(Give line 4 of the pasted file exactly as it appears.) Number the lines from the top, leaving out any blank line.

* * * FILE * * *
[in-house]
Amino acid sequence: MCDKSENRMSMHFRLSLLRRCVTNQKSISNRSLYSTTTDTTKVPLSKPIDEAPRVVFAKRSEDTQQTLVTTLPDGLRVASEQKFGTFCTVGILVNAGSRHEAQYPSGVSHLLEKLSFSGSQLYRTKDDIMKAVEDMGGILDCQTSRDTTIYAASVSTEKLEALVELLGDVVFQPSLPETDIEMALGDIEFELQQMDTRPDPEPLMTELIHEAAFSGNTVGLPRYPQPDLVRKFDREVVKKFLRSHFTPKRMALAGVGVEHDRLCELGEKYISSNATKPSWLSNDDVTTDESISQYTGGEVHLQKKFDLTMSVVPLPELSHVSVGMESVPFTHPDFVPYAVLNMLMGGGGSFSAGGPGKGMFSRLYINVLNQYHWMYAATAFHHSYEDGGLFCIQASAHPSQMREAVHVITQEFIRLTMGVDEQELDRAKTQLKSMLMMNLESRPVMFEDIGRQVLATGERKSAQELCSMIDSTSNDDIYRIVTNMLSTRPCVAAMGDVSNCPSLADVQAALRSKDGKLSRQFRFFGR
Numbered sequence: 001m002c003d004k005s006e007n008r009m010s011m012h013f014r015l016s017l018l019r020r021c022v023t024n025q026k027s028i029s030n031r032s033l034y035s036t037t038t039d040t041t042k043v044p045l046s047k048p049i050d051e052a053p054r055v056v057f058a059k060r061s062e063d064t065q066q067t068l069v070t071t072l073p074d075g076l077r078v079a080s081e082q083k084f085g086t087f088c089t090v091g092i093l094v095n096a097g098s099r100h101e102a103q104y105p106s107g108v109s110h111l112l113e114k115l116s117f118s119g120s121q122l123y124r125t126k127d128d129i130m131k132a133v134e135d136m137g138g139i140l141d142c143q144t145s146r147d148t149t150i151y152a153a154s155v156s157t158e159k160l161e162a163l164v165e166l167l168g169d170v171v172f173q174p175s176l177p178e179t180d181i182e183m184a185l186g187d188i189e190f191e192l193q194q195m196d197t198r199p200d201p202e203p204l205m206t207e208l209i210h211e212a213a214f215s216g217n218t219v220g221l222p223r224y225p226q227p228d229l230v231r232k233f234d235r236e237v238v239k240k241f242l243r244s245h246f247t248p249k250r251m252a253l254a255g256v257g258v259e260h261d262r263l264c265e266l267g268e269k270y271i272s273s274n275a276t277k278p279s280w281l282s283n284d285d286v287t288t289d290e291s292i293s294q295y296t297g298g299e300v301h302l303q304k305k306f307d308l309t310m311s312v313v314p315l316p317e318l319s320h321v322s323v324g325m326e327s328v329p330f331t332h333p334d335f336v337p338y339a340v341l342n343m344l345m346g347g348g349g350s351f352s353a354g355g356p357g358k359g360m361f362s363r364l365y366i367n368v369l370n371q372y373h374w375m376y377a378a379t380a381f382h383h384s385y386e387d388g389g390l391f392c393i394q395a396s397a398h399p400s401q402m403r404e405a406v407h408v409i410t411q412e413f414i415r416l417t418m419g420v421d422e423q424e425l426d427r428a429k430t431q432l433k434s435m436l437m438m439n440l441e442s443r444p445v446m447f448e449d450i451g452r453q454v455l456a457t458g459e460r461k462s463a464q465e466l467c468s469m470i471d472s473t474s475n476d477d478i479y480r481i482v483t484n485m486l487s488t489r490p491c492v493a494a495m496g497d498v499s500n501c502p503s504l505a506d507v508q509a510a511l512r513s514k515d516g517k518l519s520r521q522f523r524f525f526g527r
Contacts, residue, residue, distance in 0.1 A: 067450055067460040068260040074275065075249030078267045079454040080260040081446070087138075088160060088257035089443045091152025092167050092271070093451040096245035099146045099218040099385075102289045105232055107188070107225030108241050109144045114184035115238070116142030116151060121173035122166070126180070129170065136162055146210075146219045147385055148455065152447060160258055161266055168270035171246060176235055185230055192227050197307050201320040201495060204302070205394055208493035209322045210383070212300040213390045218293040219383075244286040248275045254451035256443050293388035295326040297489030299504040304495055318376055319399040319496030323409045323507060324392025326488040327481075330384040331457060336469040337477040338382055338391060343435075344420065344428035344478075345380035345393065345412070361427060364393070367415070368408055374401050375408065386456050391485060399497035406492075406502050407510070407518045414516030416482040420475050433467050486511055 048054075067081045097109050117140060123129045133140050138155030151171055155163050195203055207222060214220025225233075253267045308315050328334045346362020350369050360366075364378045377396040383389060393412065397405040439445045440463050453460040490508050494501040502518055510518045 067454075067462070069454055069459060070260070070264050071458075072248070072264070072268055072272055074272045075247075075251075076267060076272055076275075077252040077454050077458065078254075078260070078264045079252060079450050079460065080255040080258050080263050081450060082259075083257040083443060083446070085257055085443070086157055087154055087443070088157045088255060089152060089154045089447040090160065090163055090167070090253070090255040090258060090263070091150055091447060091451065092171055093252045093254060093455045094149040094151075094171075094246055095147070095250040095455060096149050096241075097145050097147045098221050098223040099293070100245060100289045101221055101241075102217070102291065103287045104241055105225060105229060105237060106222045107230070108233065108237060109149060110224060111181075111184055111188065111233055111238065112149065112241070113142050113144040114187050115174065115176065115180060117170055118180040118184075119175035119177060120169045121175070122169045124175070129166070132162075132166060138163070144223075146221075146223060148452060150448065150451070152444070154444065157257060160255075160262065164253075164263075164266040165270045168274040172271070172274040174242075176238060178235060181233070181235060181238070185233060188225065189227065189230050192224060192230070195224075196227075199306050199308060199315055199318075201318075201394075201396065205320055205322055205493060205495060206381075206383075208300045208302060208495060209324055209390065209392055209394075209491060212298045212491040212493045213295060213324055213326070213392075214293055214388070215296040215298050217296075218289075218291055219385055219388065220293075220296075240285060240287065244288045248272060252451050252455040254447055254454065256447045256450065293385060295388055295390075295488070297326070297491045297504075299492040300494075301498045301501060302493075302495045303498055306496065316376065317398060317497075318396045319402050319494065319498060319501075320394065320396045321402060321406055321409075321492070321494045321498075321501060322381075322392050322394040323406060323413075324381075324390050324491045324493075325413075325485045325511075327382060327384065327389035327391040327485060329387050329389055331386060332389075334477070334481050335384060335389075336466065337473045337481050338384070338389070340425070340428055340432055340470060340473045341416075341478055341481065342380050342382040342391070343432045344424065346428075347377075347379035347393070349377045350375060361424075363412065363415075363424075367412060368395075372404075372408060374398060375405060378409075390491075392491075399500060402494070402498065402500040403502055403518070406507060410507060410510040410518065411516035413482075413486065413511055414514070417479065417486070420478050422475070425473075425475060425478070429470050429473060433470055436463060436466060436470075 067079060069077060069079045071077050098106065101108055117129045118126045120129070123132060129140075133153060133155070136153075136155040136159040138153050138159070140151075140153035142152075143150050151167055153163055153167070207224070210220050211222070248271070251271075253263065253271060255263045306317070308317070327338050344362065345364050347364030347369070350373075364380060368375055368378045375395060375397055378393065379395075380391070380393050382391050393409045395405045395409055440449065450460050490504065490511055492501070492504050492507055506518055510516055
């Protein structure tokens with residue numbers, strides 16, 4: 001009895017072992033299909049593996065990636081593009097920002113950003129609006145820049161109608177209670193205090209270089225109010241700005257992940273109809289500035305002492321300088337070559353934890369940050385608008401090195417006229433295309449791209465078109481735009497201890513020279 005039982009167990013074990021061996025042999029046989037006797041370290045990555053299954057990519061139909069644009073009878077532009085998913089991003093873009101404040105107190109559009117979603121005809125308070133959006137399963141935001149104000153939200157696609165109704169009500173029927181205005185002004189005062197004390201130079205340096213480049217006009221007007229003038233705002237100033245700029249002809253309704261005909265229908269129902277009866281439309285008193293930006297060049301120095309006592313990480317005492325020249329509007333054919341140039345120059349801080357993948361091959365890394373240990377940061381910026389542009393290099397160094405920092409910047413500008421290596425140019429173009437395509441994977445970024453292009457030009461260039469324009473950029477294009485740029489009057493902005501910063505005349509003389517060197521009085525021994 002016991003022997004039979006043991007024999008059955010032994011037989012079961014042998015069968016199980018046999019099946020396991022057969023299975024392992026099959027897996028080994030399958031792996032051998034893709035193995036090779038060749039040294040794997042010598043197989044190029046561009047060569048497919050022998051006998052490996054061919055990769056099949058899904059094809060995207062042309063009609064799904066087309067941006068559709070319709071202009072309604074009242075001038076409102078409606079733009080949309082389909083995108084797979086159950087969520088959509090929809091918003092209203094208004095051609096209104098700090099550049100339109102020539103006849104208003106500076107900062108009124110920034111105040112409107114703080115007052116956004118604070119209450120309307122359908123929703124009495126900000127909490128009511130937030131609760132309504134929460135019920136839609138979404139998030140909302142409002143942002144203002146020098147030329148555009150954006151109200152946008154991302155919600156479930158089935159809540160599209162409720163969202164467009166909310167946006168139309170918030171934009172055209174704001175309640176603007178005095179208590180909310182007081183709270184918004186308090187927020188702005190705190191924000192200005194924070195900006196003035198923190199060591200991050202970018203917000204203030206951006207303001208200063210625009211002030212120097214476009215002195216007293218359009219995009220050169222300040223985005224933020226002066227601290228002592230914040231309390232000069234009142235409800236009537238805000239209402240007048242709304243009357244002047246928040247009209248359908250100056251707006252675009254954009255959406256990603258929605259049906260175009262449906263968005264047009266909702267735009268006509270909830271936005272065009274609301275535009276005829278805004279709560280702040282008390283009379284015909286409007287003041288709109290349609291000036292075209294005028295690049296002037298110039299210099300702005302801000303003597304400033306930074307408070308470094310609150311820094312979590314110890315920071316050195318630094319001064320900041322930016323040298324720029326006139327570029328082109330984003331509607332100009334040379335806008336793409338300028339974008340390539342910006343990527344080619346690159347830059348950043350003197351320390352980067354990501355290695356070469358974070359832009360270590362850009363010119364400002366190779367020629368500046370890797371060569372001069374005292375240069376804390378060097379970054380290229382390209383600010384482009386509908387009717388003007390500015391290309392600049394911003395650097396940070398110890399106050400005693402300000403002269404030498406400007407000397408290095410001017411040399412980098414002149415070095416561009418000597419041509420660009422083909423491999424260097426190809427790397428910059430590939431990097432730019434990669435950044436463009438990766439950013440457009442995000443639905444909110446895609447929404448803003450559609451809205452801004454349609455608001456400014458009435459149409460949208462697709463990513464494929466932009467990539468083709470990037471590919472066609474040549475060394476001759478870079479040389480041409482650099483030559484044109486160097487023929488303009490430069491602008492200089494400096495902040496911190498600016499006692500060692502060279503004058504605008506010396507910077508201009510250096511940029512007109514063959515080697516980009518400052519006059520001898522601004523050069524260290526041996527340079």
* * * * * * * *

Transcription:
Contacts, residue, residue, distance in 0.1 A: 067450055067460040068260040074275065075249030078267045079454040080260040081446070087138075088160060088257035089443045091152025092167050092271070093451040096245035099146045099218040099385075102289045105232055107188070107225030108241050109144045114184035115238070116142030116151060121173035122166070126180070129170065136162055146210075146219045147385055148455065152447060160258055161266055168270035171246060176235055185230055192227050197307050201320040201495060204302070205394055208493035209322045210383070212300040213390045218293040219383075244286040248275045254451035256443050293388035295326040297489030299504040304495055318376055319399040319496030323409045323507060324392025326488040327481075330384040331457060336469040337477040338382055338391060343435075344420065344428035344478075345380035345393065345412070361427060364393070367415070368408055374401050375408065386456050391485060399497035406492075406502050407510070407518045414516030416482040420475050433467050486511055 048054075067081045097109050117140060123129045133140050138155030151171055155163050195203055207222060214220025225233075253267045308315050328334045346362020350369050360366075364378045377396040383389060393412065397405040439445045440463050453460040490508050494501040502518055510518045 067454075067462070069454055069459060070260070070264050071458075072248070072264070072268055072272055074272045075247075075251075076267060076272055076275075077252040077454050077458065078254075078260070078264045079252060079450050079460065080255040080258050080263050081450060082259075083257040083443060083446070085257055085443070086157055087154055087443070088157045088255060089152060089154045089447040090160065090163055090167070090253070090255040090258060090263070091150055091447060091451065092171055093252045093254060093455045094149040094151075094171075094246055095147070095250040095455060096149050096241075097145050097147045098221050098223040099293070100245060100289045101221055101241075102217070102291065103287045104241055105225060105229060105237060106222045107230070108233065108237060109149060110224060111181075111184055111188065111233055111238065112149065112241070113142050113144040114187050115174065115176065115180060117170055118180040118184075119175035119177060120169045121175070122169045124175070129166070132162075132166060138163070144223075146221075146223060148452060150448065150451070152444070154444065157257060160255075160262065164253075164263075164266040165270045168274040172271070172274040174242075176238060178235060181233070181235060181238070185233060188225065189227065189230050192224060192230070195224075196227075199306050199308060199315055199318075201318075201394075201396065205320055205322055205493060205495060206381075206383075208300045208302060208495060209324055209390065209392055209394075209491060212298045212491040212493045213295060213324055213326070213392075214293055214388070215296040215298050217296075218289075218291055219385055219388065220293075220296075240285060240287065244288045248272060252451050252455040254447055254454065256447045256450065293385060295388055295390075295488070297326070297491045297504075299492040300494075301498045301501060302493075302495045303498055306496065316376065317398060317497075318396045319402050319494065319498060319501075320394065320396045321402060321406055321409075321492070321494045321498075321501060322381075322392050322394040323406060323413075324381075324390050324491045324493075325413075325485045325511075327382060327384065327389035327391040327485060329387050329389055331386060332389075334477070334481050335384060335389075336466065337473045337481050338384070338389070340425070340428055340432055340470060340473045341416075341478055341481065342380050342382040342391070343432045344424065346428075347377075347379035347393070349377045350375060361424075363412065363415075363424075367412060368395075372404075372408060374398060375405060378409075390491075392491075399500060402494070402498065402500040403502055403518070406507060410507060410510040410518065411516035413482075413486065413511055414514070417479065417486070420478050422475070425473075425475060425478070429470050429473060433470055436463060436466060436470075 067079060069077060069079045071077050098106065101108055117129045118126045120129070123132060129140075133153060133155070136153075136155040136159040138153050138159070140151075140153035142152075143150050151167055153163055153167070207224070210220050211222070248271070251271075253263065253271060255263045306317070308317070327338050344362065345364050347364030347369070350373075364380060368375055368378045375395060375397055378393065379395075380391070380393050382391050393409045395405045395409055440449065450460050490504065490511055492501070492504050492507055506518055510516055